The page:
Part 6 in a series; see other parts here.
Augustine famously wrote that our hearts are restless until they rest in God. (Herbert has a poem about that, too.) Our lives consist of so many cordial peregrinations as we seek to love and be loved, and while saying that all our loves are best founded in God’s love is easy, the practicalities tend to be messier. Devout Jews pray twice daily to love God with all their heart, soul, and might; so serious and difficult is the task of love that only that much prayer will do. In prayer we are pilgrims for love—a destination we never quite seem to understand.
Praying that we’ll learn to love God as we should clearly matters, and yet most of the work happens as we struggle to love other people. When our hearts go out in pilgrimage to people, they go out in pilgrimage to God. That journey, by turns exhilarating and frustratingly mysterious, comes with generous opportunities to acquire the need for an indulgence before the end. Wrestling with our own existential quandaries before God proves far easier than figuring out how to pray for other people. We can be well at peace with God, reveling in spiritual harmony, and still have no idea how to pray for the friend suffering heartbreak, the young mother with cancer, or even just the child stirred from sleep by a nightmare. These prayers are pilgrimages because, as Job’s friends understood at first, but promptly forgot, the only thing that really matters when people we care about face hard times is heartfelt presence: being there.
Being there is natural and difficult all at the same time. The instinct to hug someone who is hurting exerts its pull, but ego and self-interest do as well, especially when the other person’s hurt starts dragging on and the initial burst of compassion begins to fade. That’s when the pilgrimage stops being nothing more than a pleasure tour through the Spanish countryside and becomes a spiritual journey. Dangers abound: we can get caught up in playing the part of a “good friend,” portraying selflessness with Oscar-worthy aplomb, or we can discover that Job’s friends, with their comforting (to them) pictures of a world that makes sense, turn out to be easier to ridicule than to avoid imitating. Being there is simple, but, like most forms of simplicity, attaining it can be deceptively difficult.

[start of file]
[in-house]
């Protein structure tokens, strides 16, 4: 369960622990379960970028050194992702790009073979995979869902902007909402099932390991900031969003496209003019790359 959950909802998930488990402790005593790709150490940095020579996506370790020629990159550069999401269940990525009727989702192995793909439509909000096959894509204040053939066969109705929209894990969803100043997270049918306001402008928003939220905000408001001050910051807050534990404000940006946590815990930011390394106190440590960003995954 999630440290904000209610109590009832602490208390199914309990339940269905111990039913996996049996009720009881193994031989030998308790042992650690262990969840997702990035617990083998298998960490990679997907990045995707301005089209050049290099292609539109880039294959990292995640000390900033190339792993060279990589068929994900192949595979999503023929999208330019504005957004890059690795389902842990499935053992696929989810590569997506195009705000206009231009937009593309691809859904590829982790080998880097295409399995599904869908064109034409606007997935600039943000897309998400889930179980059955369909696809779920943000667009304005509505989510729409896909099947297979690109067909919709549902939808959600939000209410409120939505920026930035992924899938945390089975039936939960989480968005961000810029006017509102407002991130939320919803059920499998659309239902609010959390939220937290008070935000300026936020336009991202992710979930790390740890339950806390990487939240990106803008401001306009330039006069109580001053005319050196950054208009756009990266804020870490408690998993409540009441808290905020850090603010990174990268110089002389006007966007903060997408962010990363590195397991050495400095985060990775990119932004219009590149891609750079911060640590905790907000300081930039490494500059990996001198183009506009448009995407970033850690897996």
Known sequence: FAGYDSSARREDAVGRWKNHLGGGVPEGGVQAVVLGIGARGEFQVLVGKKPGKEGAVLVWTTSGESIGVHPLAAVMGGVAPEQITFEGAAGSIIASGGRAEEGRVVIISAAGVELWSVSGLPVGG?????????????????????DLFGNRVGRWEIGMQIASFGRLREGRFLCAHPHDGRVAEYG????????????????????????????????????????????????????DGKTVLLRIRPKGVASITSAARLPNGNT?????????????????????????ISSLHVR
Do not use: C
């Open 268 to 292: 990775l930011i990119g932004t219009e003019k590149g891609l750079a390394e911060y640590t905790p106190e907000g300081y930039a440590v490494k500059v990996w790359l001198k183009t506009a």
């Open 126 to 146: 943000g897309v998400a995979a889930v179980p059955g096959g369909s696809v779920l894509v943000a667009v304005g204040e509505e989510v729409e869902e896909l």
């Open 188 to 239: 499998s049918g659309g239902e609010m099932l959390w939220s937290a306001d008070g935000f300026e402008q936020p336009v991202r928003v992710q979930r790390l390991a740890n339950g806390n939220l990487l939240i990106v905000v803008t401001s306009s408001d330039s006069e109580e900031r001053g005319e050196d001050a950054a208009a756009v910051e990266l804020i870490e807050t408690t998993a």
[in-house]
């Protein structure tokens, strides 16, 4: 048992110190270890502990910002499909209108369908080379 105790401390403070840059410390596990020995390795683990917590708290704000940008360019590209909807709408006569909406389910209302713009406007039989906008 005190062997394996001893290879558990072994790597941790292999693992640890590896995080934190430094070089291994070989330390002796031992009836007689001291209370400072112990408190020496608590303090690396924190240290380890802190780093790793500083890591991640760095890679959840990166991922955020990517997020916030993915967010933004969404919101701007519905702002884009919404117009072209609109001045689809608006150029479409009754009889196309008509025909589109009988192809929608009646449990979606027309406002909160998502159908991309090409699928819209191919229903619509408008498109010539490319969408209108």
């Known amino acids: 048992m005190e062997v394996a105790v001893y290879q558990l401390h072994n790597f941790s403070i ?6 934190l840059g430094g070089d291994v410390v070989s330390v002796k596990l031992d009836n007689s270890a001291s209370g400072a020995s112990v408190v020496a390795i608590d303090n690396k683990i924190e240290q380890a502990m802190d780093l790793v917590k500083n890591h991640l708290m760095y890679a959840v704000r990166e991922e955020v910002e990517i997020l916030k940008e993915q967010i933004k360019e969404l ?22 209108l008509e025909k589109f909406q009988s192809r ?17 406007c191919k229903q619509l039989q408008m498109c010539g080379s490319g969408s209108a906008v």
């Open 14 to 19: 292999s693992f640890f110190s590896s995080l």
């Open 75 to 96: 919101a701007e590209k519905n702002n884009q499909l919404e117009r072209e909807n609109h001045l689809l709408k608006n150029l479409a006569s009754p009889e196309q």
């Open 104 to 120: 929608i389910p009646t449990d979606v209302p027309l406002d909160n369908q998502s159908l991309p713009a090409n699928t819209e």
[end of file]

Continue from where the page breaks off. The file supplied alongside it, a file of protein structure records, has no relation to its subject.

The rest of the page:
Our heart-pilgrimages are thus fundamentally ascetic, in that they exercise us toward simplicity—which makes prayer the very essence of the journey. Every pilgrim knows the thrill of seeing the destination come into view on the horizon, because for most of the walk the road has simply stretched out for miles that might as well, for all we can see, be endless. Sometimes all we can see are the next few steps, never knowing what lies around the next bend in the road. The day will come when we will know as we are known, both with God and with each other, but until then the questing of prayer is all we have. Prayer, again, never quite manages to stay solitary, which means that breaking bread with someone whose path we’ve crossed amounts to a particularly precious kind of prayer. The brief conversation, even just the smile in passing—these can be prayers, as well, capable of giving great comfort to restless hearts along the way.